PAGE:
Noncommunicable diseases and their risk factors

Tenfold increase in childhood and adolescent obesity in four decades

A young obese girl, eating hamburger
WHO

11 October 2017– The number of obese children and adolescents (aged five to 19 years) worldwide has risen tenfold in the past four decades. If current trends continue, more children and adolescents will be obese than moderately or severely underweight by 2022, according to a new study led by Imperial College London and WHO. Children and adolescents have rapidly transitioned from mostly underweight to mostly overweight in many middle-income countries, including in East Asia, Latin America and the Caribbean.

WHO to establish high-level commission on noncommunicable diseases

10 October 2017-Dr Tedros Adhanom Ghebreyesus, Director-General of the World Health Organization (WHO), announced today the establishment of a new High-level global Commission on Noncommunicable Diseases (NCDs). The announcement came at the 64th Session of WHO’s Regional Committee for the Eastern Mediterranean being held in Islamabad, 9-12 October.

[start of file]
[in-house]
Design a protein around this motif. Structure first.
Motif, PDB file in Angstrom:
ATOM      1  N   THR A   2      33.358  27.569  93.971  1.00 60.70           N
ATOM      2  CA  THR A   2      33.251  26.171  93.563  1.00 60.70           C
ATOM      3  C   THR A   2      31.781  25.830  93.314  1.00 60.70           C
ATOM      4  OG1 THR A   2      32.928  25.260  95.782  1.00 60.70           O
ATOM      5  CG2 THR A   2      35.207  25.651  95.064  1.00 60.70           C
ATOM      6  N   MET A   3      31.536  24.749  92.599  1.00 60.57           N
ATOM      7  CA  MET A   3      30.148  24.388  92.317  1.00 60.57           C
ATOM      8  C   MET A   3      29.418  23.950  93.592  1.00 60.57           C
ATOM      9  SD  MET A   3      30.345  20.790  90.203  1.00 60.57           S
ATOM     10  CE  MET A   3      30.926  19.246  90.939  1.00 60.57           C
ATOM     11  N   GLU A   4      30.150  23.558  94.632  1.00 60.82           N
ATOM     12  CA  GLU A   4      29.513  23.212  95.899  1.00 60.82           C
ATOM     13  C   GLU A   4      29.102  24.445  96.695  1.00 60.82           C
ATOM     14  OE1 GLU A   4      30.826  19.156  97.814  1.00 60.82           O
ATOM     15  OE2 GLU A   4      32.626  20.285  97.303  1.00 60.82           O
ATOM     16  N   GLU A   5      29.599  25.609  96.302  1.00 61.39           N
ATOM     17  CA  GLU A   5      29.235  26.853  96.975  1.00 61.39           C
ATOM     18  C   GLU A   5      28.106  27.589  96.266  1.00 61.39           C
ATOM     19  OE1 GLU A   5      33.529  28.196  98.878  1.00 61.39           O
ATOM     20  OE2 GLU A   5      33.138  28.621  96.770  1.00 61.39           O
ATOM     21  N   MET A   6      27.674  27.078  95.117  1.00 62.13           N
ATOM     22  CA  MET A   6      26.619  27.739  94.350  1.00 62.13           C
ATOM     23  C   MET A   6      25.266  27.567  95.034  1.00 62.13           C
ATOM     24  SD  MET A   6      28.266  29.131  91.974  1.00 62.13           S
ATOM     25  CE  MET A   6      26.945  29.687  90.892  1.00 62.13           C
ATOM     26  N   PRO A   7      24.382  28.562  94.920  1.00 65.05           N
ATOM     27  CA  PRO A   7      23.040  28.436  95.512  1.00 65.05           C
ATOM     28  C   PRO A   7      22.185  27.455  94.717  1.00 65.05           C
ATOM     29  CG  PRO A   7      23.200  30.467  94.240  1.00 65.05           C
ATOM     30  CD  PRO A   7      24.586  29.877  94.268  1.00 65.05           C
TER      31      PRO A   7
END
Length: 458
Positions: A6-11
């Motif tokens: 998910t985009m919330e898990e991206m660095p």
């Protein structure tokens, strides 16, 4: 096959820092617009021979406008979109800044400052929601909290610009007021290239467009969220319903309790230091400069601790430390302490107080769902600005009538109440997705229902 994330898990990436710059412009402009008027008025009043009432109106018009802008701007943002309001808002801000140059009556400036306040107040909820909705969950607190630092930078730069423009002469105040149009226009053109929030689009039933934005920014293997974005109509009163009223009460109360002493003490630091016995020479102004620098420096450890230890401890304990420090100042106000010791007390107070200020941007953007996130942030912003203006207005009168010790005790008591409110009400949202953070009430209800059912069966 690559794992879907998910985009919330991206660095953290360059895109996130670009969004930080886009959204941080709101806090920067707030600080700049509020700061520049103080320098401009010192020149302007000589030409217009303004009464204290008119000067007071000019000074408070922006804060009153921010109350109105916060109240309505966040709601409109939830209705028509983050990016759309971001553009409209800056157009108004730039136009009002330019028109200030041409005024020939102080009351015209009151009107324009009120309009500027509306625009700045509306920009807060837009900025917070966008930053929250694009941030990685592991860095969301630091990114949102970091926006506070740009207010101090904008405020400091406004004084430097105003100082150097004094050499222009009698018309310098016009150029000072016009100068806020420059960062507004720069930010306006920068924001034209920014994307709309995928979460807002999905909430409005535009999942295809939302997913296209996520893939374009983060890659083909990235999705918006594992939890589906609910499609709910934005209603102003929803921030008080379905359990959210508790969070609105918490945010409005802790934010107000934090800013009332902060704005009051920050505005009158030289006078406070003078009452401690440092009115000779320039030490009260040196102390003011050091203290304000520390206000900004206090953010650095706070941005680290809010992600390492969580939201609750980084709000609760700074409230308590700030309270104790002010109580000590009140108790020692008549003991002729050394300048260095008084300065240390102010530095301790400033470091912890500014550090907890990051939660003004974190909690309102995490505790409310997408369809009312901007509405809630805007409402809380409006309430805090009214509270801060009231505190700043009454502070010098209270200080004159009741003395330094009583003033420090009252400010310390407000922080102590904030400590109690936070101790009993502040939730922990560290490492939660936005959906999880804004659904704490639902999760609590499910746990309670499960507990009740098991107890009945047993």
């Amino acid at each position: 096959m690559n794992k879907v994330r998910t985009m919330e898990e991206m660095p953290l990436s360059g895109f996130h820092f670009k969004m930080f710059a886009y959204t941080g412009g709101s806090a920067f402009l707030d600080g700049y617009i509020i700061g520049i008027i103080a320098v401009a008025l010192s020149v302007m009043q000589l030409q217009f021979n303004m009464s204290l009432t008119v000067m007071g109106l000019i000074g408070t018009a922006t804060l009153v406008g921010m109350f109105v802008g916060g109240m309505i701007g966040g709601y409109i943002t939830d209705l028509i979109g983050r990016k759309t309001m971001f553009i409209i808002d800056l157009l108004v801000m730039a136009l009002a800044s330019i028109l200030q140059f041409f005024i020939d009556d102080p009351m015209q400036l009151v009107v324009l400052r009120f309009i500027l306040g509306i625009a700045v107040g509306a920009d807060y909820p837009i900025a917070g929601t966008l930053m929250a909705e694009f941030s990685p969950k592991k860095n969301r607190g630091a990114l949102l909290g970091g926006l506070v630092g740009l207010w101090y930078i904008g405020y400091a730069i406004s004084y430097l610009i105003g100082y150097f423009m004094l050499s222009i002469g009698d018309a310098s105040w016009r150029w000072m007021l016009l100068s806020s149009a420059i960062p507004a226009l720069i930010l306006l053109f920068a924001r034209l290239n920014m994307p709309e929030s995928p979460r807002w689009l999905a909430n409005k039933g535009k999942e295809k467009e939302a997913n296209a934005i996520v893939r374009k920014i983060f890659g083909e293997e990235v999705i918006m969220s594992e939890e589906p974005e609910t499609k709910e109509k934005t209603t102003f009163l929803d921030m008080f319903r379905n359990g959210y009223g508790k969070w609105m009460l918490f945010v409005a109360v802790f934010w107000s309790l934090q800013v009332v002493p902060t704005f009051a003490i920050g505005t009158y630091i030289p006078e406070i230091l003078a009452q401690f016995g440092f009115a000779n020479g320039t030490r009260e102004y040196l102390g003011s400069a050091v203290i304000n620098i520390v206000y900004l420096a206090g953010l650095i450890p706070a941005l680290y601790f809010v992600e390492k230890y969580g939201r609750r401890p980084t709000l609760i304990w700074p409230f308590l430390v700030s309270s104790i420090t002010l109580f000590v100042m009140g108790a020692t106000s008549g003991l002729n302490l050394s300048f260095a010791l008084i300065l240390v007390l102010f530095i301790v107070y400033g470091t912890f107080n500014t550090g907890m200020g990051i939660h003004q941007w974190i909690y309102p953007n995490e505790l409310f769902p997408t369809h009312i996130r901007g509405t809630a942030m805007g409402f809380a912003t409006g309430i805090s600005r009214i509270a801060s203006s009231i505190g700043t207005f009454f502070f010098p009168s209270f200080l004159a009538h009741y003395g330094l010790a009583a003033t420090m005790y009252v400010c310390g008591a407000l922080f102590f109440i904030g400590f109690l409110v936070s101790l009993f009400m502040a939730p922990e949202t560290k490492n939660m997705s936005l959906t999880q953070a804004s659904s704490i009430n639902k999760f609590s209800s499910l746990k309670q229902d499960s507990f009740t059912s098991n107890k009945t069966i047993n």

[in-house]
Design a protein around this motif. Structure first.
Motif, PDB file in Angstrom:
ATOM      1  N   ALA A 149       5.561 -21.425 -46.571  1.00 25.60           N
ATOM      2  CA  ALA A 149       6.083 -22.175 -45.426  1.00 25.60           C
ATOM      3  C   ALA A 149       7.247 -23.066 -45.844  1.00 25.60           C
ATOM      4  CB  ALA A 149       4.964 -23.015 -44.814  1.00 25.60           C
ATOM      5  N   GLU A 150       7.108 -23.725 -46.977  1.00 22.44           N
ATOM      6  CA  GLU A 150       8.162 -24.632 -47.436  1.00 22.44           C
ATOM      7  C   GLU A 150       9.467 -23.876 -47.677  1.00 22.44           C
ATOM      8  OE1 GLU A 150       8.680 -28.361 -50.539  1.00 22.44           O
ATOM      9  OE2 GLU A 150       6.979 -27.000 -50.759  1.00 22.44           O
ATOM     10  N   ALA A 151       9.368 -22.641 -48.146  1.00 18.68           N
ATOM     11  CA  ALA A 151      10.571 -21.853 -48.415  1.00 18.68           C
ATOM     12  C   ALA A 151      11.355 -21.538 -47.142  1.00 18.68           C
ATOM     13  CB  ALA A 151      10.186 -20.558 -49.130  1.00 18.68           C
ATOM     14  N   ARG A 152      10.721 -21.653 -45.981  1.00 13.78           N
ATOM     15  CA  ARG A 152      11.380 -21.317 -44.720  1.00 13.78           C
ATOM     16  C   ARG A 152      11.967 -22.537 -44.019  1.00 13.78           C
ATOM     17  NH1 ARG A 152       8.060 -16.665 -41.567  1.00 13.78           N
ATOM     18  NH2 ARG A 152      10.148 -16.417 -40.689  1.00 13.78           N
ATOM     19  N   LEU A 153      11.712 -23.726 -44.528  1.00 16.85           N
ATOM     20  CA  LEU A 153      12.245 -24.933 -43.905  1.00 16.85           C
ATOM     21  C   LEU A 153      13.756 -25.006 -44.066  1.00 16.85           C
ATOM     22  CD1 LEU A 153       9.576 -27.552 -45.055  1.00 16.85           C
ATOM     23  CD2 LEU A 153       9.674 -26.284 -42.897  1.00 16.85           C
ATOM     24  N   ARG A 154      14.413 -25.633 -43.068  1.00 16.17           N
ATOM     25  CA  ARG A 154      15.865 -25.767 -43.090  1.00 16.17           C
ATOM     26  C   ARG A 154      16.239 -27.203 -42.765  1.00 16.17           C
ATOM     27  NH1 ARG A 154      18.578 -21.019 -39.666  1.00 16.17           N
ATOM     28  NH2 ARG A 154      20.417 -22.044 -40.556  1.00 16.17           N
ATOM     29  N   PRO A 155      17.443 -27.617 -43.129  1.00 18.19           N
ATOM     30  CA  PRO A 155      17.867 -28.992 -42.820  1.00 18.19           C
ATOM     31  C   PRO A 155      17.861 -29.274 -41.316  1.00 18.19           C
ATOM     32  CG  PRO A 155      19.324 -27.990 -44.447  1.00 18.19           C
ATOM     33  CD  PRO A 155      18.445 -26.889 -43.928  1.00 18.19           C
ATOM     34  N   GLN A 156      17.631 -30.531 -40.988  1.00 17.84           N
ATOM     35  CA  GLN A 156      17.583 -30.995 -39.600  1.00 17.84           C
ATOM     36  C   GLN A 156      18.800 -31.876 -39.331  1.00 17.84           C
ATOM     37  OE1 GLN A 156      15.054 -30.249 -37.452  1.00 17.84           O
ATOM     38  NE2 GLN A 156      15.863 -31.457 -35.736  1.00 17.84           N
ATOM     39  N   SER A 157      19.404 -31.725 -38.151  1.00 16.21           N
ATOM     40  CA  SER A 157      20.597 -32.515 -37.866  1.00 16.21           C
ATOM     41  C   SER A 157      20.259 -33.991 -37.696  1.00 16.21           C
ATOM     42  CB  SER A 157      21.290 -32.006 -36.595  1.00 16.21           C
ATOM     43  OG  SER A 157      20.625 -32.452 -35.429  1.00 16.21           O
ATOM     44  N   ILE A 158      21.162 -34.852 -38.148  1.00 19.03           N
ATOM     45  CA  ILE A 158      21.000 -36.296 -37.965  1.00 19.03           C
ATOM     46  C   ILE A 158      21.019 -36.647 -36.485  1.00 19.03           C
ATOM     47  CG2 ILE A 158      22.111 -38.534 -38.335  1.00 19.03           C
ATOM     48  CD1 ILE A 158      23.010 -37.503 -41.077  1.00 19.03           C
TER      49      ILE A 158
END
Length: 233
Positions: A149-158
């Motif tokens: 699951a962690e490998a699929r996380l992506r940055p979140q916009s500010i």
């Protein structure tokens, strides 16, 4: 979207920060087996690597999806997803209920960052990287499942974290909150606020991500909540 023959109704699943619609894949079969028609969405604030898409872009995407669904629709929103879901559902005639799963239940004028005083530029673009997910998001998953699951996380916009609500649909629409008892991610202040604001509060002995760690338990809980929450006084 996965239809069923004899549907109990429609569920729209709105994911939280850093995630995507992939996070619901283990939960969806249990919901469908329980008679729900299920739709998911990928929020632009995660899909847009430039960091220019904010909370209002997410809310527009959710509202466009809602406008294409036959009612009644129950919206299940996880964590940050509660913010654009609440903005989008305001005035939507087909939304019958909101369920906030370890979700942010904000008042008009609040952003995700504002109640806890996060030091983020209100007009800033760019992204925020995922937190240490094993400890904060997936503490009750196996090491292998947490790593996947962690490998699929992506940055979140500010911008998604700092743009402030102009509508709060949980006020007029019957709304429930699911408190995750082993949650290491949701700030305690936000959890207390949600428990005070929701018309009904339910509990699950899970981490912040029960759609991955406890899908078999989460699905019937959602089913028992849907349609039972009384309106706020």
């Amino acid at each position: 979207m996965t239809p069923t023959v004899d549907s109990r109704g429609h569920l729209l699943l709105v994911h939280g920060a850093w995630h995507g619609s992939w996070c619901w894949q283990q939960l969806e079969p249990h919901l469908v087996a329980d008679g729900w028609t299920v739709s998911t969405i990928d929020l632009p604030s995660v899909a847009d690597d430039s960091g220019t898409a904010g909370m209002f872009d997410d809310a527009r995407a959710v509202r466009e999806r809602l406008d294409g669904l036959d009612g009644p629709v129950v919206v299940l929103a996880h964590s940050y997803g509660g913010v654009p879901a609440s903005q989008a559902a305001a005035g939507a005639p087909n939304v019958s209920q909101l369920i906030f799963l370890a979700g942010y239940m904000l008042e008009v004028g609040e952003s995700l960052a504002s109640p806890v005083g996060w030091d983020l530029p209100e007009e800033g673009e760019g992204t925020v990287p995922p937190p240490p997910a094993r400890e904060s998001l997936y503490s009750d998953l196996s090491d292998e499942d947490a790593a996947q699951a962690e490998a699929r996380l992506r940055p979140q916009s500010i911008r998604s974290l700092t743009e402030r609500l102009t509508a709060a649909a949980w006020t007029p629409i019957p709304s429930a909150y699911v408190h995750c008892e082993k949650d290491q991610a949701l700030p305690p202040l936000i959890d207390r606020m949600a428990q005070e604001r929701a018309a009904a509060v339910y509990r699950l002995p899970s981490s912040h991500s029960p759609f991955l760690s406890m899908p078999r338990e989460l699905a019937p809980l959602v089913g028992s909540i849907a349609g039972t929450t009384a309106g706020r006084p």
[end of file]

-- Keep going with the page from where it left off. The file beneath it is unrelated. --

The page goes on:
70th World Health Assembly adopts resolution endorsing update of Appendix 3

On 31 May a resolution was adopted endorsing an updated list of evidence-based and cost-effective interventions for the prevention and control of NCDs. The list, featured as Appendix 3 of the WHO Global action plan for the prevention and control of noncommunicable diseases 2013-2020, was revised based on new evidence using WHO-CHOICE. From a total of 88 proposed interventions, the updated Appendix 3 contains 16 interventions which are considered the most cost-effective and feasible for implementation. Among them are enacting and enforcing comprehensive bans on tobacco advertising; increasing excise taxes on alcoholic beverages; reducing salt intake through the reformulation of food products; offering drug therapy and counselling to those who have had a heart attack or stroke; vaccinating girls aged 9-13 years against human papillomavirus; and screening women aged 30-49 years for cervical cancer.